An archer on the lam from a bum rap in his county ships out with Henry V to test his shooting and slashing skills at one of the bloodiest but most glorious battles in history.
Cornwell (Sword Song, 2008, etc.), having dealt in gorgeous detail with the role of the longbow at Crecy in his three-volume Archer series, effectively laid the groundwork for this single-volume assessment of the great victory at Agincourt. The hero this time is Nicholas Hood, easily the best archer in his neighborhood, but stuck like his younger brother at the bottom of the local food chain even though he is probably the bastard child of the local squire Lord Slayton. The Hood family was cursed by the evil Perrill family, and the two clans have been feuding for generations. The Perrills, with assistance from dastardly priest Sir Martin, frame the Hooks with a capital crime, forcing Nicholas to leave for London, then ship out for France in the King’s forces. Across the channel he is witness to slaughter and treachery at the siege of Soissons, where, following emergency prayers to St. Crispin and St. Crispinian, he acquires their saintly protection and advice as well as the companionship of lovely local lass Melisande, bastard daughter of one of the greatest French warriors. There is barely time to rest before Nicholas and Melisande ship out again, this time with the King and his expeditionary force. Prince Hal hopes to reclaim his French crown, but his strategy runs afoul of steely resistance by the defenders of the Seine port Harfleur. What was to have been a walkover turns into a long siege in which dysentery claims as many victims as battle. The finally victorious but much depleted English force, instead of calling it a day, heads under Henry toward Calais, a march that draws the attention of the vastly larger French army and finally leads to battle in the sodden fields outside the village the French call Azincourt.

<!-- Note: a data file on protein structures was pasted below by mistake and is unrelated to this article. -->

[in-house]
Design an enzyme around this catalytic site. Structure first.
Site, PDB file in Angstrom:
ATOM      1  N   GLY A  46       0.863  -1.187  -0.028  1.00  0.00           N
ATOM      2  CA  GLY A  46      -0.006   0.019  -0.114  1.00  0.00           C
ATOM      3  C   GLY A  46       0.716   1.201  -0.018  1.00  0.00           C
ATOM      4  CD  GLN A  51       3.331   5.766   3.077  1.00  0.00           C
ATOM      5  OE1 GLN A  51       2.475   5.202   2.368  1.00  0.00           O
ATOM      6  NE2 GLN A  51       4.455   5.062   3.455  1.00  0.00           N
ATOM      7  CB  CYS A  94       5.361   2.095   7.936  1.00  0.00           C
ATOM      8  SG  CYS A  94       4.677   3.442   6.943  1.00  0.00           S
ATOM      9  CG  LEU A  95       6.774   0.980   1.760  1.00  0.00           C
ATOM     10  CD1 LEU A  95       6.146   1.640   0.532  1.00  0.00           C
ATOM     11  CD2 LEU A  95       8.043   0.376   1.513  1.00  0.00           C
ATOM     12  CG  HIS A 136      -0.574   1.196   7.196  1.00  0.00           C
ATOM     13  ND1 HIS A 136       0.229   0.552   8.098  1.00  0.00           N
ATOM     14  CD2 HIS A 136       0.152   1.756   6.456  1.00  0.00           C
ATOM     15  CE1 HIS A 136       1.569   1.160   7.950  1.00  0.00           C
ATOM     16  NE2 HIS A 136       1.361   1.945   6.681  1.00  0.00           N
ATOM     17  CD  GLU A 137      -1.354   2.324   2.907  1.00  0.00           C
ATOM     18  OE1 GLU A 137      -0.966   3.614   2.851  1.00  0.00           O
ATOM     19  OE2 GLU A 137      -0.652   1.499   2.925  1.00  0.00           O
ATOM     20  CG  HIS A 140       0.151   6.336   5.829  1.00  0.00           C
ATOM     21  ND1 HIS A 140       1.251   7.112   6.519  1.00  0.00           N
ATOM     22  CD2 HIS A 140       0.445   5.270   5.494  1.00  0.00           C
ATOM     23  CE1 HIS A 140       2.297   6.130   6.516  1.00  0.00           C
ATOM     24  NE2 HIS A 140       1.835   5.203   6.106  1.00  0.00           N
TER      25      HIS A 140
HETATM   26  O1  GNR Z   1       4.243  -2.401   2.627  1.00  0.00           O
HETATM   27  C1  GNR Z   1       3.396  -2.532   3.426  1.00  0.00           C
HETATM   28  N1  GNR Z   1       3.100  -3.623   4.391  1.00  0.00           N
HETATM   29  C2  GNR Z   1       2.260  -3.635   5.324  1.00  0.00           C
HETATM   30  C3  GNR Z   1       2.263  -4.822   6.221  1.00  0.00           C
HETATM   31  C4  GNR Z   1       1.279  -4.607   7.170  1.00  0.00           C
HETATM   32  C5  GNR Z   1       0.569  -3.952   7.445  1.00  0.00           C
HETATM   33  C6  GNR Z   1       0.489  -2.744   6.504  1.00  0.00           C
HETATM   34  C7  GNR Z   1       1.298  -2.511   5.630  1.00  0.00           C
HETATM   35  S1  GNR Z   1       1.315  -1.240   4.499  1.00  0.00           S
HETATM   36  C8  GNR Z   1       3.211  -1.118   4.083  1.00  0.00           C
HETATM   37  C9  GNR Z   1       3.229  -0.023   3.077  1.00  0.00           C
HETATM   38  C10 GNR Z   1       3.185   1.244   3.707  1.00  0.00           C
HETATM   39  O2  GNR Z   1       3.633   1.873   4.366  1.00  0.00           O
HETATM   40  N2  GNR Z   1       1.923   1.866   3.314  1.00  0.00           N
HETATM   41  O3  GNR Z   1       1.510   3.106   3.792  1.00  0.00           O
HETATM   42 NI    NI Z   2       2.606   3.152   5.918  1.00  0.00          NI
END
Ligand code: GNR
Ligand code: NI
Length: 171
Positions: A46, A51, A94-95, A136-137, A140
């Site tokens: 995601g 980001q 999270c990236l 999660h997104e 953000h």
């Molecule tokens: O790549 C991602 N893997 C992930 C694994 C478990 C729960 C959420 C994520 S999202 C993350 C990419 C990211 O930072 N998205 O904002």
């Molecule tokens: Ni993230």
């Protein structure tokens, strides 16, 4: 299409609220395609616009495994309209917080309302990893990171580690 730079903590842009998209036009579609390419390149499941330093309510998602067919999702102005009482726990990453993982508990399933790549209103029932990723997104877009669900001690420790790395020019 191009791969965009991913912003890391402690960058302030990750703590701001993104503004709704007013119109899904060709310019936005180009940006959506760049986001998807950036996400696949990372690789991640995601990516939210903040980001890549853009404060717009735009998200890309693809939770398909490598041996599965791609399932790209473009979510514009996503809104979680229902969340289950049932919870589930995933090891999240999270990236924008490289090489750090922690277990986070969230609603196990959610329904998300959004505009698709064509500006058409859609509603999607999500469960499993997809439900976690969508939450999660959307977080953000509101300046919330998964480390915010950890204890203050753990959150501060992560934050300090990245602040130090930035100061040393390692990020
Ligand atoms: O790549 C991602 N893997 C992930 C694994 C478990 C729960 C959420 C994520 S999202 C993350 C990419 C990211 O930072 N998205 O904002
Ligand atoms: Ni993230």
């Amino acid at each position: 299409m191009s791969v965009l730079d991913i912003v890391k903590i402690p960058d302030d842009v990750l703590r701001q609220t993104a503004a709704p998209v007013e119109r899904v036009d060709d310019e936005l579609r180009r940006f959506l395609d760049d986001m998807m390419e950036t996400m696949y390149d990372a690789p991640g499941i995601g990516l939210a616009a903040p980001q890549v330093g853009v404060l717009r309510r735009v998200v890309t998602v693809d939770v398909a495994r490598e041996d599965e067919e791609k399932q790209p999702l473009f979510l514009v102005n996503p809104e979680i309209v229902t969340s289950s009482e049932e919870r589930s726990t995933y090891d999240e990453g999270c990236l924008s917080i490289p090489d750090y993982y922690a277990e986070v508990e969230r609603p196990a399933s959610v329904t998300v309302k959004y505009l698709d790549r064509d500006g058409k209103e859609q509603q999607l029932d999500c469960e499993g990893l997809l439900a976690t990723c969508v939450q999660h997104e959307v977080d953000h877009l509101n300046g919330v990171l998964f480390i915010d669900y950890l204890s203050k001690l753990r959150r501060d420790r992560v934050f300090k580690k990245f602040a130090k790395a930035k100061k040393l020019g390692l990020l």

The usual splendid stuff from the master of historical battle. There’s a bit of deus ex machina, but it’s tolerable.